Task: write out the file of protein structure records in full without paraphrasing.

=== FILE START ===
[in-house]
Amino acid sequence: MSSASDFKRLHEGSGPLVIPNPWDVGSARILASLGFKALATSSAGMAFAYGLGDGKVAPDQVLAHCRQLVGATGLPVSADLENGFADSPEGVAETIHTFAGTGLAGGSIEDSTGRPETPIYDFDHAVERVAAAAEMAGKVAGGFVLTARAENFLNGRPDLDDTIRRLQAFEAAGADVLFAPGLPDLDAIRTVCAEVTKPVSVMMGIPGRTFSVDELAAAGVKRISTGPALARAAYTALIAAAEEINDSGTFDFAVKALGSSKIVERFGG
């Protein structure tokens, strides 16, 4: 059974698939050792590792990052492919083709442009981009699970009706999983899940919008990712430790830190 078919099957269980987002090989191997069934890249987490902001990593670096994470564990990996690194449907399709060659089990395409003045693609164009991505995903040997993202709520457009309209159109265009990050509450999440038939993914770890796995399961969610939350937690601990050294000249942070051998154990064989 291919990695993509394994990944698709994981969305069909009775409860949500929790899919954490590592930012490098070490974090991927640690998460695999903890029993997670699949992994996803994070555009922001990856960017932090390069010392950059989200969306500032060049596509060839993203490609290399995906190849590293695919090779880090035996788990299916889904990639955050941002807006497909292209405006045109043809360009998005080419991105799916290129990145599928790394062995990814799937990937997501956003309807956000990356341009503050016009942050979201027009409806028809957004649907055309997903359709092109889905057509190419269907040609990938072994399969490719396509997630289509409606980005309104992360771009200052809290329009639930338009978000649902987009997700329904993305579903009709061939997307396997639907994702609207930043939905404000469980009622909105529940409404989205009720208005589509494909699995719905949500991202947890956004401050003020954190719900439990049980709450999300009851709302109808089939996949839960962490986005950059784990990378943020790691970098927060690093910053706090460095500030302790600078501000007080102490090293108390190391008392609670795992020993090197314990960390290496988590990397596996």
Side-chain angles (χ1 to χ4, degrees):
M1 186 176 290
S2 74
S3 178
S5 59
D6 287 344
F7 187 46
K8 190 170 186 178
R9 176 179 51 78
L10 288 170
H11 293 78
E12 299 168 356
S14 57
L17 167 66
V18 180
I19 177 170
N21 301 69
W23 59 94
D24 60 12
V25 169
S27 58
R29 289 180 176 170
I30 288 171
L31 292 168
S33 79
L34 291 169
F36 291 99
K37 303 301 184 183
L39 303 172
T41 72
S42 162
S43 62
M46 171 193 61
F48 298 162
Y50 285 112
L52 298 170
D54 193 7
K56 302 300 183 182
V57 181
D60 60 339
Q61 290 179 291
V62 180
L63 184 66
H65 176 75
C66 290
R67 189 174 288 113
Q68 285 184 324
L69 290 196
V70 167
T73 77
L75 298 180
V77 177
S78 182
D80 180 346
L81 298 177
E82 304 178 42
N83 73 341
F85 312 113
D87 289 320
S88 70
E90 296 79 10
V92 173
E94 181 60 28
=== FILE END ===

[in-house]
Amino acid sequence: MSSASDFKRLHEGSGPLVIPNPWDVGSARILASLGFKALATSSAGMAFAYGLGDGKVAPDQVLAHCRQLVGATGLPVSADLENGFADSPEGVAETIHTFAGTGLAGGSIEDSTGRPETPIYDFDHAVERVAAAAEMAGKVAGGFVLTARAENFLNGRPDLDDTIRRLQAFEAAGADVLFAPGLPDLDAIRTVCAEVTKPVSVMMGIPGRTFSVDELAAAGVKRISTGPALARAAYTALIAAAEEINDSGTFDFAVKALGSSKIVERFGG
């Protein structure tokens, strides 16, 4: 059974698939050792590792990052492919083709442009981009699970009706999983899940919008990712430790830190 078919099957269980987002090989191997069934890249987490902001990593670096994470564990990996690194449907399709060659089990395409003045693609164009991505995903040997993202709520457009309209159109265009990050509450999440038939993914770890796995399961969610939350937690601990050294000249942070051998154990064989 291919990695993509394994990944698709994981969305069909009775409860949500929790899919954490590592930012490098070490974090991927640690998460695999903890029993997670699949992994996803994070555009922001990856960017932090390069010392950059989200969306500032060049596509060839993203490609290399995906190849590293695919090779880090035996788990299916889904990639955050941002807006497909292209405006045109043809360009998005080419991105799916290129990145599928790394062995990814799937990937997501956003309807956000990356341009503050016009942050979201027009409806028809957004649907055309997903359709092109889905057509190419269907040609990938072994399969490719396509997630289509409606980005309104992360771009200052809290329009639930338009978000649902987009997700329904993305579903009709061939997307396997639907994702609207930043939905404000469980009622909105529940409404989205009720208005589509494909699995719905949500991202947890956004401050003020954190719900439990049980709450999300009851709302109808089939996949839960962490986005950059784990990378943020790691970098927060690093910053706090460095500030302790600078501000007080102490090293108390190391008392609670795992020993090197314990960390290496988590990397596996």
Side-chain angles (χ1 to χ4, degrees):
M1 186 176 290
S2 74
S3 178
S5 59
D6 287 344
F7 187 46
K8 190 170 186 178
R9 176 179 51 78
L10 288 170
H11 293 78
E12 299 168 356
S14 57
L17 167 66
V18 180
I19 177 170
N21 301 69
W23 59 94
D24 60 12
V25 169
S27 58
R29 289 180 176 170
I30 288 171
L31 292 168
S33 79
L34 291 169
F36 291 99
K37 303 301 184 183
L39 303 172
T41 72
S42 162
S43 62
M46 171 193 61
F48 298 162
Y50 285 112
L52 298 170
D54 193 7
K56 302 300 183 182
V57 181
D60 60 339
Q61 290 179 291
V62 180
L63 184 66
H65 176 75
C66 290
R67 189 174 288 113
Q68 285 184 324
L69 290 196
V70 167
T73 77
L75 298 180
V77 177
S78 182
D80 180 346
L81 298 177
E82 304 178 42
N83 73 341
F85 312 113
D87 289 320
S88 70
E90 296 79 10
V92 173
E94 181 60 28